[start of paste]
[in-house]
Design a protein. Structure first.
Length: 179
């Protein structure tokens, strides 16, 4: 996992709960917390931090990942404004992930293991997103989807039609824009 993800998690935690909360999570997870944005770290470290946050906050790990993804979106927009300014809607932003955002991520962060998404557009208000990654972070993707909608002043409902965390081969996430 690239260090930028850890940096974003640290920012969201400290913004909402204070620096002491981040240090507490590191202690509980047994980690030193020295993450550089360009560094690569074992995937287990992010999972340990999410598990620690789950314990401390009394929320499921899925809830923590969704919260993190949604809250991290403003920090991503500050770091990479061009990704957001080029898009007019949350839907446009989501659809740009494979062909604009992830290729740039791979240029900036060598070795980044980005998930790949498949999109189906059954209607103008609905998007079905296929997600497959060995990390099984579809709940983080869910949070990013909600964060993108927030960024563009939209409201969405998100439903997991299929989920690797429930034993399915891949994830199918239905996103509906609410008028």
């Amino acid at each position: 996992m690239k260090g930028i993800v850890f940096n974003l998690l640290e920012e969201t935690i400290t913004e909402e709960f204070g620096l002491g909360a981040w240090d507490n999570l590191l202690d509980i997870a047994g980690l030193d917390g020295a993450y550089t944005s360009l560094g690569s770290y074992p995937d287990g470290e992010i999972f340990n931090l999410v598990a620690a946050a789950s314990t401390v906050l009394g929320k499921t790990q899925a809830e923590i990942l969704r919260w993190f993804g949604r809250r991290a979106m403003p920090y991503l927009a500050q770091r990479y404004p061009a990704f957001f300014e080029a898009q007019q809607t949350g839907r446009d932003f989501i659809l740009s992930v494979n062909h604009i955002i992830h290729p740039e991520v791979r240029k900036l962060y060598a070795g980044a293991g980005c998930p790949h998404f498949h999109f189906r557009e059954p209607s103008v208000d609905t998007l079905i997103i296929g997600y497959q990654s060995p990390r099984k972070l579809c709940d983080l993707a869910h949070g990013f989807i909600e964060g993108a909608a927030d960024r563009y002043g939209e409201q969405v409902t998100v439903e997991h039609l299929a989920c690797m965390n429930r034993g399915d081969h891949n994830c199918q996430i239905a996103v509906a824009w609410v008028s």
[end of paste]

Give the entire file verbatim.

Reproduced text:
[in-house]
Design a protein. Structure first.
Length: 179
């Protein structure tokens, strides 16, 4: 996992709960917390931090990942404004992930293991997103989807039609824009 993800998690935690909360999570997870944005770290470290946050906050790990993804979106927009300014809607932003955002991520962060998404557009208000990654972070993707909608002043409902965390081969996430 690239260090930028850890940096974003640290920012969201400290913004909402204070620096002491981040240090507490590191202690509980047994980690030193020295993450550089360009560094690569074992995937287990992010999972340990999410598990620690789950314990401390009394929320499921899925809830923590969704919260993190949604809250991290403003920090991503500050770091990479061009990704957001080029898009007019949350839907446009989501659809740009494979062909604009992830290729740039791979240029900036060598070795980044980005998930790949498949999109189906059954209607103008609905998007079905296929997600497959060995990390099984579809709940983080869910949070990013909600964060993108927030960024563009939209409201969405998100439903997991299929989920690797429930034993399915891949994830199918239905996103509906609410008028």
């Amino acid at each position: 996992m690239k260090g930028i993800v850890f940096n974003l998690l640290e920012e969201t935690i400290t913004e909402e709960f204070g620096l002491g909360a981040w240090d507490n999570l590191l202690d509980i997870a047994g980690l030193d917390g020295a993450y550089t944005s360009l560094g690569s770290y074992p995937d287990g470290e992010i999972f340990n931090l999410v598990a620690a946050a789950s314990t401390v906050l009394g929320k499921t790990q899925a809830e923590i990942l969704r919260w993190f993804g949604r809250r991290a979106m403003p920090y991503l927009a500050q770091r990479y404004p061009a990704f957001f300014e080029a898009q007019q809607t949350g839907r446009d932003f989501i659809l740009s992930v494979n062909h604009i955002i992830h290729p740039e991520v791979r240029k900036l962060y060598a070795g980044a293991g980005c998930p790949h998404f498949h999109f189906r557009e059954p209607s103008v208000d609905t998007l079905i997103i296929g997600y497959q990654s060995p990390r099984k972070l579809c709940d983080l993707a869910h949070g990013f989807i909600e964060g993108a909608a927030d960024r563009y002043g939209e409201q969405v409902t998100v439903e997991h039609l299929a989920c690797m965390n429930r034993g399915d081969h891949n994830c199918q996430i239905a996103v509906a824009w609410v008028s």